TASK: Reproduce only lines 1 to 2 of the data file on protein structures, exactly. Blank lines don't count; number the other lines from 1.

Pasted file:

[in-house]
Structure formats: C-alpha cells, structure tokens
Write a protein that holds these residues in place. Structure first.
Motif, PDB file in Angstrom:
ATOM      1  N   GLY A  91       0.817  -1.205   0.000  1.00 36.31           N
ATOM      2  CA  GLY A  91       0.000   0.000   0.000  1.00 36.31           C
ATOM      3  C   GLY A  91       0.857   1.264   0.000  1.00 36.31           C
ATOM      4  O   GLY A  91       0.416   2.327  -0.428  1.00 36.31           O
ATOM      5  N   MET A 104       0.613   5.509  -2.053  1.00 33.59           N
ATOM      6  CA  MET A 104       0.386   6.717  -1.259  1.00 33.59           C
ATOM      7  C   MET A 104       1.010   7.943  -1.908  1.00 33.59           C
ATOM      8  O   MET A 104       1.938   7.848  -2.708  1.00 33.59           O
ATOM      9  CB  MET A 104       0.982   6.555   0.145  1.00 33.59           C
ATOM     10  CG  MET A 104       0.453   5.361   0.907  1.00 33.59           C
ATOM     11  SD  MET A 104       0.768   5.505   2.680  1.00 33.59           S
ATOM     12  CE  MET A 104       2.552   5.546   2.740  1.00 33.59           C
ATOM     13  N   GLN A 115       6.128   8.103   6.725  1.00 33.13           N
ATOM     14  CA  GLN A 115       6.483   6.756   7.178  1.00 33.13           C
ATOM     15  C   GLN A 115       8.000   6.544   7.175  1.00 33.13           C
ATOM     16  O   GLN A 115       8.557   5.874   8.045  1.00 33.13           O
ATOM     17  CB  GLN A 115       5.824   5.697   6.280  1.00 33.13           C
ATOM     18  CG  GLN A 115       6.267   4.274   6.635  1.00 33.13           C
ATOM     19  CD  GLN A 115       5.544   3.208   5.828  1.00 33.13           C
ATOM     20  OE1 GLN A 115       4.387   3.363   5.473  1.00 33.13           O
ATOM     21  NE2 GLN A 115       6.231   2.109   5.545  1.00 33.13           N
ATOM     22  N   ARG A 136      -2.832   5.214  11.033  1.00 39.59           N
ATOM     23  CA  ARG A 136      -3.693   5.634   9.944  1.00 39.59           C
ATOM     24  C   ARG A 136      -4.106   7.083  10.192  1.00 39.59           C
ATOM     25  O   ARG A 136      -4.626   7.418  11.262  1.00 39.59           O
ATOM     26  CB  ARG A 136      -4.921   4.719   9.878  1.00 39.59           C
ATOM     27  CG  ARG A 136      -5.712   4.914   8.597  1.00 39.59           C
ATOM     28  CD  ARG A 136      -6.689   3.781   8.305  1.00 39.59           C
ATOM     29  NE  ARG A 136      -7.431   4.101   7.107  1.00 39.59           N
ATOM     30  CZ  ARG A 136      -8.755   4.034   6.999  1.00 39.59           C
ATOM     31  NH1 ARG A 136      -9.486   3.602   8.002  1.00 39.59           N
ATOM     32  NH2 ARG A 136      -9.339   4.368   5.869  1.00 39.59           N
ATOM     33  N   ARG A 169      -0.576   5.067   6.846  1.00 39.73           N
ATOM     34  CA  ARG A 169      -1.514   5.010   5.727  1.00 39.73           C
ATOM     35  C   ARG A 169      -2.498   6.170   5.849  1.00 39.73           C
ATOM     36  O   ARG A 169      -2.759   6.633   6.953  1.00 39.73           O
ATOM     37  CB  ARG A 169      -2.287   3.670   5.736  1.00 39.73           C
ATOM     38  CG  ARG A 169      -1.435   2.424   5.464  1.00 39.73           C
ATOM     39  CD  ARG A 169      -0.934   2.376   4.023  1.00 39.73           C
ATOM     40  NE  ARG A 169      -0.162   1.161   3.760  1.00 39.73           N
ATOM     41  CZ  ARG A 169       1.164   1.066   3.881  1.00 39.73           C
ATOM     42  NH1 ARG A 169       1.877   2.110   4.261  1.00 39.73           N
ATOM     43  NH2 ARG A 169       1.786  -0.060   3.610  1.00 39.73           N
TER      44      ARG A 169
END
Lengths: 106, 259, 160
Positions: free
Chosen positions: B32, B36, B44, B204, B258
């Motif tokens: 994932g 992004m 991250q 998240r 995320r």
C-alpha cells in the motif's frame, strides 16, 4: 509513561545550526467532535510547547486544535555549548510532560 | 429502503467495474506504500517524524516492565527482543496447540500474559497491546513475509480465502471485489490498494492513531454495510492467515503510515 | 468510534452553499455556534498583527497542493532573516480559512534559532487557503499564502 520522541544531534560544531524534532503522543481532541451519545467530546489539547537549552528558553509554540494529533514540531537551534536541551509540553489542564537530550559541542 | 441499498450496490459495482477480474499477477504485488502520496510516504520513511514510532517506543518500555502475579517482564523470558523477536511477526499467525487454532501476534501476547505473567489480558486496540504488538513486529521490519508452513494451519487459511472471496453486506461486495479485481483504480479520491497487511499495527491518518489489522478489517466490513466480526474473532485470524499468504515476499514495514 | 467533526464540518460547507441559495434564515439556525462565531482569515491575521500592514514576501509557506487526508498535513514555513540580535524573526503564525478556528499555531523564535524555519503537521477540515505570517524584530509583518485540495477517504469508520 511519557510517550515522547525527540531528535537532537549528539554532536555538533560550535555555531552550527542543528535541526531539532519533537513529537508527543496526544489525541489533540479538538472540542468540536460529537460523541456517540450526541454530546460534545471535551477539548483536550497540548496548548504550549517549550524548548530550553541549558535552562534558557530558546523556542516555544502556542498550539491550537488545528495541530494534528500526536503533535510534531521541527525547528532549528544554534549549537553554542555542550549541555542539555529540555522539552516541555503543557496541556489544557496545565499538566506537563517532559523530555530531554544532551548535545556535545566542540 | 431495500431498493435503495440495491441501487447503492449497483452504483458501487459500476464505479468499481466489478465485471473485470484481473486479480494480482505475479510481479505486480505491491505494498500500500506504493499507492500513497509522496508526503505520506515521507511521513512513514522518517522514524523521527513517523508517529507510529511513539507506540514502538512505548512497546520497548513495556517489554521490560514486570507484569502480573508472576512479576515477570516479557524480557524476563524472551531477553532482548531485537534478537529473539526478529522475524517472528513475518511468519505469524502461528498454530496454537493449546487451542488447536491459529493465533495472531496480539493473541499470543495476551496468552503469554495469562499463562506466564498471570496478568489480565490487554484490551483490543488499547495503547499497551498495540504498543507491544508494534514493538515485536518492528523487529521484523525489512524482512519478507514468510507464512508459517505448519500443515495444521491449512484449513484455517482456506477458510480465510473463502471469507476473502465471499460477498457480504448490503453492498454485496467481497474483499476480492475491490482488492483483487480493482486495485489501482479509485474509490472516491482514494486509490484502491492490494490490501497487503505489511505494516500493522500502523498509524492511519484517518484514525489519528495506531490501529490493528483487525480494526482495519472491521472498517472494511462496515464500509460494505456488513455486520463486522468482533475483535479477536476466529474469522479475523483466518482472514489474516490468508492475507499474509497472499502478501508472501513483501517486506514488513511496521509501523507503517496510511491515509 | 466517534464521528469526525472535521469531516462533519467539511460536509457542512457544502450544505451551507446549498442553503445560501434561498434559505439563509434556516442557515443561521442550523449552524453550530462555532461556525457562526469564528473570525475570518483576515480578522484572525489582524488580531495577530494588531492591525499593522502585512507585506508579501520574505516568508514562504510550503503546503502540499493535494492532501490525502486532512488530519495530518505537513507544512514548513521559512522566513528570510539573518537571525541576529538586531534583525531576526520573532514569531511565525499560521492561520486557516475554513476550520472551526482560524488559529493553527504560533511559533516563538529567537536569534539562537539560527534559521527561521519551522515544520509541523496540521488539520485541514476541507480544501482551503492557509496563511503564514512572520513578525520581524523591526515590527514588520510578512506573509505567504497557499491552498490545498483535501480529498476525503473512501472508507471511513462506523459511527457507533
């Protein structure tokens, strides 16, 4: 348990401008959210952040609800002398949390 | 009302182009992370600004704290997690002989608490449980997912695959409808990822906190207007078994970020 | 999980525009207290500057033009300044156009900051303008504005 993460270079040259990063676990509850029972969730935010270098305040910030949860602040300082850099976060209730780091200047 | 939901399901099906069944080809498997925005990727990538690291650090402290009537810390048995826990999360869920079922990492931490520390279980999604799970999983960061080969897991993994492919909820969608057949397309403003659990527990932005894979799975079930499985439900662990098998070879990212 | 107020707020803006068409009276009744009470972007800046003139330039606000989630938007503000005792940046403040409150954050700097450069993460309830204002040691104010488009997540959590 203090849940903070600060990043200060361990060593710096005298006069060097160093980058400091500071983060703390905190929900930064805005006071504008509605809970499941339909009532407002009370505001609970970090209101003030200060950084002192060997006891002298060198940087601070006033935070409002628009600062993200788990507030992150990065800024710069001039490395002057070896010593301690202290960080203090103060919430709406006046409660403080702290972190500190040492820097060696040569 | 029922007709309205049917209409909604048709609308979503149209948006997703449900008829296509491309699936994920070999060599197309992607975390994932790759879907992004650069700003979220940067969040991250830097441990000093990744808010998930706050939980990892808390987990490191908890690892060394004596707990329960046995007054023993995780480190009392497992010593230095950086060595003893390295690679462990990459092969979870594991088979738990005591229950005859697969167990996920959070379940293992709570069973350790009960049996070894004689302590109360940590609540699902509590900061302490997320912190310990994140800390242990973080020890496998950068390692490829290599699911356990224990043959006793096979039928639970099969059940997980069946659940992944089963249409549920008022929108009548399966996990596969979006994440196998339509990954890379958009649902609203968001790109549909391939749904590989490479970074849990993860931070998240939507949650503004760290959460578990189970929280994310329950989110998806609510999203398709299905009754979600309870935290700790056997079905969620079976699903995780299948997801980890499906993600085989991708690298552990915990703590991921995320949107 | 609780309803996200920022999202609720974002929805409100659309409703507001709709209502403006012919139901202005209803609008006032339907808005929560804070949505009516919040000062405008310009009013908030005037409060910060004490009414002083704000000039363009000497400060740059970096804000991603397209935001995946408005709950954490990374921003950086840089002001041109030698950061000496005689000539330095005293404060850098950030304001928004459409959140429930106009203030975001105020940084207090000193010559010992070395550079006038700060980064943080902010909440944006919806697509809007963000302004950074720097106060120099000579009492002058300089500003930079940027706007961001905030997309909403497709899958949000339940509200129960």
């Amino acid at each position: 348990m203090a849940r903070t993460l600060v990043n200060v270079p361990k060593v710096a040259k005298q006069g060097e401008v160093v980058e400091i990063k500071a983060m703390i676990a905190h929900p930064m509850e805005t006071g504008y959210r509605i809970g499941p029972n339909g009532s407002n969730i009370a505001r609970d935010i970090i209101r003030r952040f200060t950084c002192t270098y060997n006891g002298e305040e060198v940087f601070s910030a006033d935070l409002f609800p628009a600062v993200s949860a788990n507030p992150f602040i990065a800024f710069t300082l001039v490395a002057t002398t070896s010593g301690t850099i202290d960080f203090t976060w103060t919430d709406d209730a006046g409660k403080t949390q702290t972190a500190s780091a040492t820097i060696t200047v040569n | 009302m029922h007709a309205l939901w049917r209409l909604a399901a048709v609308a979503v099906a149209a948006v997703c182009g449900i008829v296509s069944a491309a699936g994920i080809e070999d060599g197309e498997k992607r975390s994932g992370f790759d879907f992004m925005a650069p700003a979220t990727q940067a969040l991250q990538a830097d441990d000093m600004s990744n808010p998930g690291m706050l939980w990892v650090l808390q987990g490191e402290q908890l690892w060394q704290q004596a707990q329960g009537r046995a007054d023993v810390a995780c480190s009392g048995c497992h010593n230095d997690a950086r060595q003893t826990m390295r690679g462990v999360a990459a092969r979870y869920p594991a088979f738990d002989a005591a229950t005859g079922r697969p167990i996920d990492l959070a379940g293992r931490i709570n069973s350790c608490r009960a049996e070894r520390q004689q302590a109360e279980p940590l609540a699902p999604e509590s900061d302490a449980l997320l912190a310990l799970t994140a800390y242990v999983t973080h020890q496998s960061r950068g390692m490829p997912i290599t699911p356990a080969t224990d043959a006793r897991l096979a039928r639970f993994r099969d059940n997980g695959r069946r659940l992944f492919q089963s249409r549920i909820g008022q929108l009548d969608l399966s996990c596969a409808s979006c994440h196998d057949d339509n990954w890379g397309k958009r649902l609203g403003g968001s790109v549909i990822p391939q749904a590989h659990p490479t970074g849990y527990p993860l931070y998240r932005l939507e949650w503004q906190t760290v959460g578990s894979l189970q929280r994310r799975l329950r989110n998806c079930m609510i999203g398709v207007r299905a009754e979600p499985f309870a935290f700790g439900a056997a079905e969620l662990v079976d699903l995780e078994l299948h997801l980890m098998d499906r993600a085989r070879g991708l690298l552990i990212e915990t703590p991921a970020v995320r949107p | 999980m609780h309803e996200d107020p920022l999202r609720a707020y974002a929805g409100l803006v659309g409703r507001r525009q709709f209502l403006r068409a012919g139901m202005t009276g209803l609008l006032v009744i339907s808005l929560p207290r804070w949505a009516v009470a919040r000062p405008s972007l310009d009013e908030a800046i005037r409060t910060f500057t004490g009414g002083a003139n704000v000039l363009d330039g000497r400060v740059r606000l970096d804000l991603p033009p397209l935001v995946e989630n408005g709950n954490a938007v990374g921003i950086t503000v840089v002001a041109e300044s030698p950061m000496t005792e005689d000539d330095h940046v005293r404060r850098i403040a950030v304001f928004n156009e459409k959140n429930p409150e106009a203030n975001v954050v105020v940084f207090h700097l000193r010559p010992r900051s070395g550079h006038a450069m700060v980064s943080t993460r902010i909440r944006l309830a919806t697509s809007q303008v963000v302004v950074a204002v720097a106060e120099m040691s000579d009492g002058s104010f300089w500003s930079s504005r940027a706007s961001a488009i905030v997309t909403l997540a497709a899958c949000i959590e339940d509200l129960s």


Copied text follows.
[in-house]
Structure formats: C-alpha cells, structure tokens